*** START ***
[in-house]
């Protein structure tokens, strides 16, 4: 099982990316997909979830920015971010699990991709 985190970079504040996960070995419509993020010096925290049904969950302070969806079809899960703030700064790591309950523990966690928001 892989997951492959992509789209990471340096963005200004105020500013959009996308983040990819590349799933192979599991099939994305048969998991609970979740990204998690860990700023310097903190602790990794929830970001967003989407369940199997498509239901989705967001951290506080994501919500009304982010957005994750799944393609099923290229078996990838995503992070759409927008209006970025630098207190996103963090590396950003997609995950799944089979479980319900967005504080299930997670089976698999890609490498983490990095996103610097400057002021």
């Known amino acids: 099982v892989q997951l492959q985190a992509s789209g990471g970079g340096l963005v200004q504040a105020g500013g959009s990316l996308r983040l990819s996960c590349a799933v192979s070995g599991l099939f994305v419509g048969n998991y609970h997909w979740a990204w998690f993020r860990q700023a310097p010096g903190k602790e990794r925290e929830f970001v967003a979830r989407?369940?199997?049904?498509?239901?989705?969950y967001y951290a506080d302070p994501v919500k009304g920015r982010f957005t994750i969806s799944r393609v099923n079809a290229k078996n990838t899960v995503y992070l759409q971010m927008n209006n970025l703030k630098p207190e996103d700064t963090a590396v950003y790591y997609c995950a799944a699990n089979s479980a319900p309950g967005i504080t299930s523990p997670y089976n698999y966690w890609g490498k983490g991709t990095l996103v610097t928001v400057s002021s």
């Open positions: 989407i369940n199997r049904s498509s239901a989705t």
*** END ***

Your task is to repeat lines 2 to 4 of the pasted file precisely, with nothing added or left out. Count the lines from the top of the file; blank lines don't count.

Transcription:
């Protein structure tokens, strides 16, 4: 099982990316997909979830920015971010699990991709 985190970079504040996960070995419509993020010096925290049904969950302070969806079809899960703030700064790591309950523990966690928001 892989997951492959992509789209990471340096963005200004105020500013959009996308983040990819590349799933192979599991099939994305048969998991609970979740990204998690860990700023310097903190602790990794929830970001967003989407369940199997498509239901989705967001951290506080994501919500009304982010957005994750799944393609099923290229078996990838995503992070759409927008209006970025630098207190996103963090590396950003997609995950799944089979479980319900967005504080299930997670089976698999890609490498983490990095996103610097400057002021």
């Known amino acids: 099982v892989q997951l492959q985190a992509s789209g990471g970079g340096l963005v200004q504040a105020g500013g959009s990316l996308r983040l990819s996960c590349a799933v192979s070995g599991l099939f994305v419509g048969n998991y609970h997909w979740a990204w998690f993020r860990q700023a310097p010096g903190k602790e990794r925290e929830f970001v967003a979830r989407?369940?199997?049904?498509?239901?989705?969950y967001y951290a506080d302070p994501v919500k009304g920015r982010f957005t994750i969806s799944r393609v099923n079809a290229k078996n990838t899960v995503y992070l759409q971010m927008n209006n970025l703030k630098p207190e996103d700064t963090a590396v950003y790591y997609c995950a799944a699990n089979s479980a319900p309950g967005i504080t299930s523990p997670y089976n698999y966690w890609g490498k983490g991709t990095l996103v610097t928001v400057s002021s």
């Open positions: 989407i369940n199997r049904s498509s239901a989705t």